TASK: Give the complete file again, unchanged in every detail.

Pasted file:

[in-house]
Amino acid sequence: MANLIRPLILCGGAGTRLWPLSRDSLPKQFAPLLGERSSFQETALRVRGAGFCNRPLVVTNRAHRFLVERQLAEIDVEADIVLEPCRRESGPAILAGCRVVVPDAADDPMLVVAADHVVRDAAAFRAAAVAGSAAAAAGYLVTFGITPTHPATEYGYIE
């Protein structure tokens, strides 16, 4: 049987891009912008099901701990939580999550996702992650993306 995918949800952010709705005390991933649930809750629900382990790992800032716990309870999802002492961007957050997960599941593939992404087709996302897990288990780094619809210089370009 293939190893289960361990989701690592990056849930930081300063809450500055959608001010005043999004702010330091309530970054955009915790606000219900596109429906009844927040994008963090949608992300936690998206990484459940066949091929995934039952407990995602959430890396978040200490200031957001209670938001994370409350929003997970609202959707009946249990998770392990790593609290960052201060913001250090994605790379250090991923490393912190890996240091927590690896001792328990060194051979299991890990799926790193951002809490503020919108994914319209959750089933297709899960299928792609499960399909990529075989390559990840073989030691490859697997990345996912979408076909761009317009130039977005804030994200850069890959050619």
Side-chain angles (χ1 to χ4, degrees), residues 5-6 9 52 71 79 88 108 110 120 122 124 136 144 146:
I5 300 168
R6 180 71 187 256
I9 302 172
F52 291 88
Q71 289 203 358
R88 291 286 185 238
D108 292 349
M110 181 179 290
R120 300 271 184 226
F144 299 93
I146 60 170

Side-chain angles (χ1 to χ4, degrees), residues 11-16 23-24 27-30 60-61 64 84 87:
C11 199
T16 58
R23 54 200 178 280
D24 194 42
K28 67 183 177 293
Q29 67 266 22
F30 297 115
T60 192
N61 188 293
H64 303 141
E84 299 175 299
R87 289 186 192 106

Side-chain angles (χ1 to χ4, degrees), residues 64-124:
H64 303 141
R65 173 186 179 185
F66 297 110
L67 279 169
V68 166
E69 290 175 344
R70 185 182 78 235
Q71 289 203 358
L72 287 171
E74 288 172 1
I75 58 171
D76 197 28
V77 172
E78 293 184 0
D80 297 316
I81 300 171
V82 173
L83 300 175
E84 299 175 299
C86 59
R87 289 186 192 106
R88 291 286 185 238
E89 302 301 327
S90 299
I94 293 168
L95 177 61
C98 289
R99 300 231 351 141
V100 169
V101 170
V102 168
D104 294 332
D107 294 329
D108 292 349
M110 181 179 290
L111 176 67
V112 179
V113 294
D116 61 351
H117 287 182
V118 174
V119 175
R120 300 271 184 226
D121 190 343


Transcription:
[in-house]
Amino acid sequence: MANLIRPLILCGGAGTRLWPLSRDSLPKQFAPLLGERSSFQETALRVRGAGFCNRPLVVTNRAHRFLVERQLAEIDVEADIVLEPCRRESGPAILAGCRVVVPDAADDPMLVVAADHVVRDAAAFRAAAVAGSAAAAAGYLVTFGITPTHPATEYGYIE
């Protein structure tokens, strides 16, 4: 049987891009912008099901701990939580999550996702992650993306 995918949800952010709705005390991933649930809750629900382990790992800032716990309870999802002492961007957050997960599941593939992404087709996302897990288990780094619809210089370009 293939190893289960361990989701690592990056849930930081300063809450500055959608001010005043999004702010330091309530970054955009915790606000219900596109429906009844927040994008963090949608992300936690998206990484459940066949091929995934039952407990995602959430890396978040200490200031957001209670938001994370409350929003997970609202959707009946249990998770392990790593609290960052201060913001250090994605790379250090991923490393912190890996240091927590690896001792328990060194051979299991890990799926790193951002809490503020919108994914319209959750089933297709899960299928792609499960399909990529075989390559990840073989030691490859697997990345996912979408076909761009317009130039977005804030994200850069890959050619």
Side-chain angles (χ1 to χ4, degrees), residues 5-6 9 52 71 79 88 108 110 120 122 124 136 144 146:
I5 300 168
R6 180 71 187 256
I9 302 172
F52 291 88
Q71 289 203 358
R88 291 286 185 238
D108 292 349
M110 181 179 290
R120 300 271 184 226
F144 299 93
I146 60 170

Side-chain angles (χ1 to χ4, degrees), residues 11-16 23-24 27-30 60-61 64 84 87:
C11 199
T16 58
R23 54 200 178 280
D24 194 42
K28 67 183 177 293
Q29 67 266 22
F30 297 115
T60 192
N61 188 293
H64 303 141
E84 299 175 299
R87 289 186 192 106

Side-chain angles (χ1 to χ4, degrees), residues 64-124:
H64 303 141
R65 173 186 179 185
F66 297 110
L67 279 169
V68 166
E69 290 175 344
R70 185 182 78 235
Q71 289 203 358
L72 287 171
E74 288 172 1
I75 58 171
D76 197 28
V77 172
E78 293 184 0
D80 297 316
I81 300 171
V82 173
L83 300 175
E84 299 175 299
C86 59
R87 289 186 192 106
R88 291 286 185 238
E89 302 301 327
S90 299
I94 293 168
L95 177 61
C98 289
R99 300 231 351 141
V100 169
V101 170
V102 168
D104 294 332
D107 294 329
D108 292 349
M110 181 179 290
L111 176 67
V112 179
V113 294
D116 61 351
H117 287 182
V118 174
V119 175
R120 300 271 184 226
D121 190 343